Hadrian ruled over the Roman Empire from 117 to 138. In contrast to previous emperors, he spent more than half of his reign away from home. Driven by curiosity and ambition, he travelled long distances to the far corners of his empire leaving behind Hadrian’s Wall, a 73-mile defence that runs across the dramatic Scottish landscape, marking the northern frontier of Britannia. Hadrian is often spoken about as a high-minded cultured traveller of the classical world, but this Gold Aureus reveals another side to the emperor’s character.
Disciplina Militaris: The discipline of the Roman Army. He was strict and frugal, keeping his soldiers busy and ready for battle. The standard was high, and there were no exceptions – not even for himself. Hadrian would live just like his men, sleeping rough and eating the same rations. His leadership won respect and admiration among the ranks. Influenced by his ideals, many of the soldiers followed worshipped the Goddess Disciplina. The cavalry base at Cilumum on the Tyne, close to Hadrian’s Wall, was even dedicated to this minor diety.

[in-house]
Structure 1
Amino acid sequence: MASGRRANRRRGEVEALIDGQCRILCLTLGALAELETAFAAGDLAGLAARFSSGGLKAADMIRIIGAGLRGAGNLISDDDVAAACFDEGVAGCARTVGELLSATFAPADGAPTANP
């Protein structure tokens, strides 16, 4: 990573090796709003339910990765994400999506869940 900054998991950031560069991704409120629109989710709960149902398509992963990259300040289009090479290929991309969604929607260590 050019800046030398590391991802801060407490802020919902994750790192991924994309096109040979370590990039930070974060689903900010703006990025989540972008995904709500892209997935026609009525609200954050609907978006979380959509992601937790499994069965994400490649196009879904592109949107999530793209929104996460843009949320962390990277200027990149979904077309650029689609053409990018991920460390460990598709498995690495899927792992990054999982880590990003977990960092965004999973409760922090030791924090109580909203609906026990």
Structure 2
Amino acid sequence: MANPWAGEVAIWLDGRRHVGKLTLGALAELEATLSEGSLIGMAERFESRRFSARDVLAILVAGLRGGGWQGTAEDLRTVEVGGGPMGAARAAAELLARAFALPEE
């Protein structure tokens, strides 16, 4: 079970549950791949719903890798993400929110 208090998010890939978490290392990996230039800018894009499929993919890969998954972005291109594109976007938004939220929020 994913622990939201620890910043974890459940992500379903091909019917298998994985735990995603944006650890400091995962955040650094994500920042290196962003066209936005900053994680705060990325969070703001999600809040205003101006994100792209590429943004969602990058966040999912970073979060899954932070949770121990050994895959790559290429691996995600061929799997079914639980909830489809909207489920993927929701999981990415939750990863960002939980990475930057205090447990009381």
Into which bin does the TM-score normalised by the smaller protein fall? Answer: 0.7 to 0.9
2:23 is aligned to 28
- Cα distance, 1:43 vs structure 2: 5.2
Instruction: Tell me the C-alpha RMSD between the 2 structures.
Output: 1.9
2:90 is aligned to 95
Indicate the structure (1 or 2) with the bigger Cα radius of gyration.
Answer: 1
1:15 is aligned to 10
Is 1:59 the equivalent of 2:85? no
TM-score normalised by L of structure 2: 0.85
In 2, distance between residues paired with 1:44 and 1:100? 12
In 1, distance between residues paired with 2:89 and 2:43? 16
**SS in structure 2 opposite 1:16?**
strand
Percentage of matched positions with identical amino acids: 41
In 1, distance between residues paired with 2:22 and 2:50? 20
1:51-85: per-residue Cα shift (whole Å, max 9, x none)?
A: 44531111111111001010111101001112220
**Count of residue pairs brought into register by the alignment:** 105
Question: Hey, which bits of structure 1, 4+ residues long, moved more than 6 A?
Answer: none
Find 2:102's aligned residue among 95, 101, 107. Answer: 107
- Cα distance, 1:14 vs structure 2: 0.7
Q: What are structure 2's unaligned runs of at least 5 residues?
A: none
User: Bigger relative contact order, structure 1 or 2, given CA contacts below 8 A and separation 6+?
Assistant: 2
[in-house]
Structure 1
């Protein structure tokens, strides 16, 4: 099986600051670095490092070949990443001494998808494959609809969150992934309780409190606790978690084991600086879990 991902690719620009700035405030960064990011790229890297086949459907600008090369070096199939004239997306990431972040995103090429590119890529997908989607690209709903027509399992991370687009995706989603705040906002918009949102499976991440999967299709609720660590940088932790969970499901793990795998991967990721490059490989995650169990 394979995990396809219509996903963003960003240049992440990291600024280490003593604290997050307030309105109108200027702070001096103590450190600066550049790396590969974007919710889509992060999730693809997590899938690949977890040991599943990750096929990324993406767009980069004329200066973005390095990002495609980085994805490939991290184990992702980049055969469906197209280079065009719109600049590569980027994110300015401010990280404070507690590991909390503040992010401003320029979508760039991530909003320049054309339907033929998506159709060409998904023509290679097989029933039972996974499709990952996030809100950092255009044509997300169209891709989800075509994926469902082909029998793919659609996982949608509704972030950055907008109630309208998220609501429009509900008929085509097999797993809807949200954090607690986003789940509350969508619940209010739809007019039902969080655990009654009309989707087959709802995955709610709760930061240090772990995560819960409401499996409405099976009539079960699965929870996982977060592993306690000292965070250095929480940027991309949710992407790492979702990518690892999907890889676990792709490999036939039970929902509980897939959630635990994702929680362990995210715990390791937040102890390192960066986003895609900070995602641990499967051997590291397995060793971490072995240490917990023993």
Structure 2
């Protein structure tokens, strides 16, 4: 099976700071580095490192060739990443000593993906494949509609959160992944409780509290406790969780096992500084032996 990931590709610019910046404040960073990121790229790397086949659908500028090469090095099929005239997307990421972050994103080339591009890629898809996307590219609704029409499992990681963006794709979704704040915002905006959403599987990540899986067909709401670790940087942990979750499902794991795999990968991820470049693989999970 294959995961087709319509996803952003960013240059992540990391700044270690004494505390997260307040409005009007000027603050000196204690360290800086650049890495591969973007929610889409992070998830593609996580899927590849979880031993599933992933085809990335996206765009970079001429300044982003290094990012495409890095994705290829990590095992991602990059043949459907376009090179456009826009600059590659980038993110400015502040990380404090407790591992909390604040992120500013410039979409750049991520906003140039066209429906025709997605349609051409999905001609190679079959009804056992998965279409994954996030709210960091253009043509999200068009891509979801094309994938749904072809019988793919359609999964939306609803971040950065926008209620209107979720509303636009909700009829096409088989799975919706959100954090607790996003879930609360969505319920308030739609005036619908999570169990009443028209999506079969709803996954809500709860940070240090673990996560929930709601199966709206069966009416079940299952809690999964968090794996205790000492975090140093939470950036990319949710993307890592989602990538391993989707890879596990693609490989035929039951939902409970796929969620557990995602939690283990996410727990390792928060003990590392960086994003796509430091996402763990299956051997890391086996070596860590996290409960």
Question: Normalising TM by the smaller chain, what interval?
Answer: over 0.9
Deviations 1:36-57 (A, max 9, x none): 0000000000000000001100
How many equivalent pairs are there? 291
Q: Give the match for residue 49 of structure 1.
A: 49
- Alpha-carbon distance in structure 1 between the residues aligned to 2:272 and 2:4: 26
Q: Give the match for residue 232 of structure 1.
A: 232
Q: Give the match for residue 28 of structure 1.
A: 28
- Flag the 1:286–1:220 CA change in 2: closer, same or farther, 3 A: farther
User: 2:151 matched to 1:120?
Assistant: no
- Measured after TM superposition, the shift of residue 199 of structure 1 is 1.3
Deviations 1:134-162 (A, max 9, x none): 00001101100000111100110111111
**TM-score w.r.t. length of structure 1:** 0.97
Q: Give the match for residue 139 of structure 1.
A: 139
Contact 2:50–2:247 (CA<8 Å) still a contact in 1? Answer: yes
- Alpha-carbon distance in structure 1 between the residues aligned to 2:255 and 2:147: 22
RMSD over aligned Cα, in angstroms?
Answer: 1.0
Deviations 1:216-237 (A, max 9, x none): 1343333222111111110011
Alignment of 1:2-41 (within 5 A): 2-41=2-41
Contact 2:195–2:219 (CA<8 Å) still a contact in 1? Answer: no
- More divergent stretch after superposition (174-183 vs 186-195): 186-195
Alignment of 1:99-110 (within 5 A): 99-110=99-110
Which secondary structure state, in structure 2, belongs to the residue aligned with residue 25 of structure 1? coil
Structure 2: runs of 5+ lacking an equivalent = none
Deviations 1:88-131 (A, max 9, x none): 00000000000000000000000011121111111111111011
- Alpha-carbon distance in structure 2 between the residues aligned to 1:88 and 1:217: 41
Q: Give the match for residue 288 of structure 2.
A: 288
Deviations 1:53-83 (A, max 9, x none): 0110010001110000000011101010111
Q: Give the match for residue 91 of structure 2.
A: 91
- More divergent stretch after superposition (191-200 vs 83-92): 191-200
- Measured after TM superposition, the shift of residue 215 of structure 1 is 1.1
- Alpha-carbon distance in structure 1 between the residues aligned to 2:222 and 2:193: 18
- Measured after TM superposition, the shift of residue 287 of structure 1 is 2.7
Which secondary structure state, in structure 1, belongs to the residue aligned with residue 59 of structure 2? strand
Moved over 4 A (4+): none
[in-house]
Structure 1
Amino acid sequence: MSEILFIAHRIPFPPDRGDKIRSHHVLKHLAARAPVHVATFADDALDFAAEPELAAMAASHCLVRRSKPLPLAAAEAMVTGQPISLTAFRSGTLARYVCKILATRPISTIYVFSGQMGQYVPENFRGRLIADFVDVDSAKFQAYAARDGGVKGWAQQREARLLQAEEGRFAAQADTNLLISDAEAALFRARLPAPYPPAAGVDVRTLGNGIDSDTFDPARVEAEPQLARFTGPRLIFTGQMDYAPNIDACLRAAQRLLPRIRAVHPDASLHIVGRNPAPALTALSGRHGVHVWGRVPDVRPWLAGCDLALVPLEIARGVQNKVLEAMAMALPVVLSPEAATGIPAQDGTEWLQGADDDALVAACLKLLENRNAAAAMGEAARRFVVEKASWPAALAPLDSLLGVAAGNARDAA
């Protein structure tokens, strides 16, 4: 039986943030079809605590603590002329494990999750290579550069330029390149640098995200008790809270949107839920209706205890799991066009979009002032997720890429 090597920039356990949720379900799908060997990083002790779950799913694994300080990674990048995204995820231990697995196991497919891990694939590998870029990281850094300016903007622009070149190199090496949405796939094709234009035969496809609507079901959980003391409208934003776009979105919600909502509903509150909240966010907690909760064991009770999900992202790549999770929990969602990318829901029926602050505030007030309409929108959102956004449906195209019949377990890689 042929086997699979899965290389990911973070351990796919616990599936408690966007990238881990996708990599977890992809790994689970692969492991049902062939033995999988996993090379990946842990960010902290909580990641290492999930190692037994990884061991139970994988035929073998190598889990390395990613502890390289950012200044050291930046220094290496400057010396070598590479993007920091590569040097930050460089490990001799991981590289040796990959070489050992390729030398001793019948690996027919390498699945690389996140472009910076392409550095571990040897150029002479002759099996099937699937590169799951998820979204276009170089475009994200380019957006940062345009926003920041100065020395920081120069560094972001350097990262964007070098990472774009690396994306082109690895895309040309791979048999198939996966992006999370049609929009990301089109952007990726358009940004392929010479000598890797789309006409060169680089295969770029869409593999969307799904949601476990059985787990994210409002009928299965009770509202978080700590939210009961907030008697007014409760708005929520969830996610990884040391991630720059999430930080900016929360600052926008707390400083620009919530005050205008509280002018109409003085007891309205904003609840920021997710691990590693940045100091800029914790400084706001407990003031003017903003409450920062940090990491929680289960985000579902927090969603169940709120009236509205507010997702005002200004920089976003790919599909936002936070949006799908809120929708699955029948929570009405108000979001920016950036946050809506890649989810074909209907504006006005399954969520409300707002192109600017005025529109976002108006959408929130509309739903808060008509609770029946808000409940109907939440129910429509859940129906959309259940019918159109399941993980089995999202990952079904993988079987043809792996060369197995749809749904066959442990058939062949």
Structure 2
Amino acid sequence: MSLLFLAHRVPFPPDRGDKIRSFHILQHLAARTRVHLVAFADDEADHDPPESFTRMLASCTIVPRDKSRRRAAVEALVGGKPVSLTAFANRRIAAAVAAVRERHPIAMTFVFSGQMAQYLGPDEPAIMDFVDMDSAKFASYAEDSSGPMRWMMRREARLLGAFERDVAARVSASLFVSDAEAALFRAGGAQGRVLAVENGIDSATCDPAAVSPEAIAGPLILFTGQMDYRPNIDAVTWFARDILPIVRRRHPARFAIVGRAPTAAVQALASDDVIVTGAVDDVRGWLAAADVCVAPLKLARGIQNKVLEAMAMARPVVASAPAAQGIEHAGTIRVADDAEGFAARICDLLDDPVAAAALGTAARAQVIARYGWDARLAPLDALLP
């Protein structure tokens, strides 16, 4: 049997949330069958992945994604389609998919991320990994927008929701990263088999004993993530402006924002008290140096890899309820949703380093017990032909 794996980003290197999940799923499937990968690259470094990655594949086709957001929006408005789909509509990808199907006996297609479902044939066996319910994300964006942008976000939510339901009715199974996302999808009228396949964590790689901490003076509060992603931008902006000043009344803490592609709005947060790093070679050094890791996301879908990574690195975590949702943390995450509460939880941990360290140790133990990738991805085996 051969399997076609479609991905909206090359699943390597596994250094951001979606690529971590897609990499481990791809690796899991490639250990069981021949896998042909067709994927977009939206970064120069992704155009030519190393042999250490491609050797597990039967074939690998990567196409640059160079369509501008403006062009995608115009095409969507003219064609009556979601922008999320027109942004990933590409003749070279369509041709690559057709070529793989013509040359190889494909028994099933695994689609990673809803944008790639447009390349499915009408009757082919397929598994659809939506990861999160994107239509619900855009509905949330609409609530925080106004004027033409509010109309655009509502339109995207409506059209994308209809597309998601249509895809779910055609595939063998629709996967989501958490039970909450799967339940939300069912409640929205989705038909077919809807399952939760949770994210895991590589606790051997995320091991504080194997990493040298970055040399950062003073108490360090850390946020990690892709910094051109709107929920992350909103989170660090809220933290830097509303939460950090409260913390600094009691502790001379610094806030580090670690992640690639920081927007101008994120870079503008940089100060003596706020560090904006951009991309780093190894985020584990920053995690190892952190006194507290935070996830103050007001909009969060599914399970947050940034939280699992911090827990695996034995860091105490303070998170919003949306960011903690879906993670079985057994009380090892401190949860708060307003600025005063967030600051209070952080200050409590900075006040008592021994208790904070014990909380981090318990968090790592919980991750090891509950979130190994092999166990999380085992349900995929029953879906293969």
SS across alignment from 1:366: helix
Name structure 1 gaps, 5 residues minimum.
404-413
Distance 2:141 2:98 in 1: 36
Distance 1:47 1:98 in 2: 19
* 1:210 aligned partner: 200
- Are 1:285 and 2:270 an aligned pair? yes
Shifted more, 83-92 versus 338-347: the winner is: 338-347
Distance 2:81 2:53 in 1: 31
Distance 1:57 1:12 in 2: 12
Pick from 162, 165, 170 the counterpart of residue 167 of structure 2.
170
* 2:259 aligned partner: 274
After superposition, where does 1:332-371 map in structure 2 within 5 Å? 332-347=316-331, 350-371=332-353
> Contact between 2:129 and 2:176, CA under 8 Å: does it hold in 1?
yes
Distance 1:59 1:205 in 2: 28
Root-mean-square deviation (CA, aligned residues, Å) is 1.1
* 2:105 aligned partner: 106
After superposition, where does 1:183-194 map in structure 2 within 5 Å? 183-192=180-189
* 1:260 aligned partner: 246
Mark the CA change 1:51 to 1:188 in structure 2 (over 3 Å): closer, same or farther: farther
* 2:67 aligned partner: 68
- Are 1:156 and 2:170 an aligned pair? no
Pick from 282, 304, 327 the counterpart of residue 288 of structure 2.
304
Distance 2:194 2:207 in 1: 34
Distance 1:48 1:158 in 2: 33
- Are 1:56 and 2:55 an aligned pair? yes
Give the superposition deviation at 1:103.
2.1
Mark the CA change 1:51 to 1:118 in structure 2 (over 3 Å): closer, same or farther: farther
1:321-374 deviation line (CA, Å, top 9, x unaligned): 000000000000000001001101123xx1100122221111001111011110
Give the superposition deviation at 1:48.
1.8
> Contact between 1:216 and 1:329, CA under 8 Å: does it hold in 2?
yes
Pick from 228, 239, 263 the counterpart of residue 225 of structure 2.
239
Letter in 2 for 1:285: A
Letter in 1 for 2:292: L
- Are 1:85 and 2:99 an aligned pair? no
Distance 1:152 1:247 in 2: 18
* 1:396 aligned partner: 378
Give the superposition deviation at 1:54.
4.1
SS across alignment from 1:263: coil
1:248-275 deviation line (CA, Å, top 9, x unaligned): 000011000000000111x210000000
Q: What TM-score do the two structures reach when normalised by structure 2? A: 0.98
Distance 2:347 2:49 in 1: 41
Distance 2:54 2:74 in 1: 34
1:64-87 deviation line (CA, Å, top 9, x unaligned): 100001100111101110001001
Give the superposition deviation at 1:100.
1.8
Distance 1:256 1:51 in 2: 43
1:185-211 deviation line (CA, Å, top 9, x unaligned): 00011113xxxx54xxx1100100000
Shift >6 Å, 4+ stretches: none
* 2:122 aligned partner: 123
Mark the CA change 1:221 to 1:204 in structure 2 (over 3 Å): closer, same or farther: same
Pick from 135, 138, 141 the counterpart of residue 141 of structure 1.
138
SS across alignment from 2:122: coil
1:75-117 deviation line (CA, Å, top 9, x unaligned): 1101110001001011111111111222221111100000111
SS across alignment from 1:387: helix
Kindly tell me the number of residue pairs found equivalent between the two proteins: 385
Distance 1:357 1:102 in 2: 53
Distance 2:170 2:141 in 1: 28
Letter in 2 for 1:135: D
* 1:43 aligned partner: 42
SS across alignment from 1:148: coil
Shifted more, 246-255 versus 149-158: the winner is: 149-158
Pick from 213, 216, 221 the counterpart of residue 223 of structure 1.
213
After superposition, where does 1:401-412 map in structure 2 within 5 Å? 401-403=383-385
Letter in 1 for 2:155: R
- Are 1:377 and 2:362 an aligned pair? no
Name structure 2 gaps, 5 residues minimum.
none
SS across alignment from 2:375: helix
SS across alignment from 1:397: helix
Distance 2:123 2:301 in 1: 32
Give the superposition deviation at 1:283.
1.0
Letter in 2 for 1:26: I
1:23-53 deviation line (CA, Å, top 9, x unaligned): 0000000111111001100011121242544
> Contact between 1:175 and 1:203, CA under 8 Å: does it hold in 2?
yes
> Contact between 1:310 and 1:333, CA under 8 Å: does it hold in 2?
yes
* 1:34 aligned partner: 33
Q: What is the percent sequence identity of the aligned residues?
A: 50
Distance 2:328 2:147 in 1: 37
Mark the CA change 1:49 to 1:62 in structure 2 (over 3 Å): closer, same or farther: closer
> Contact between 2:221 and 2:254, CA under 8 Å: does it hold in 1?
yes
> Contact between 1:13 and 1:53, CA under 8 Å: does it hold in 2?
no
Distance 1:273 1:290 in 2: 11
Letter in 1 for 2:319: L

The very rare Gold Aureus depicts the head of Hadrian with the reverse showing Hadrian advancing in front of three legionaries, who follow him, each holding a military standard. Such a coin would no doubt have been popular along the frontiers. The Gold Aureus represents something even more sought-after than the coin itself. The virtues of discipline and bravery – Hadrian’s message to the empire.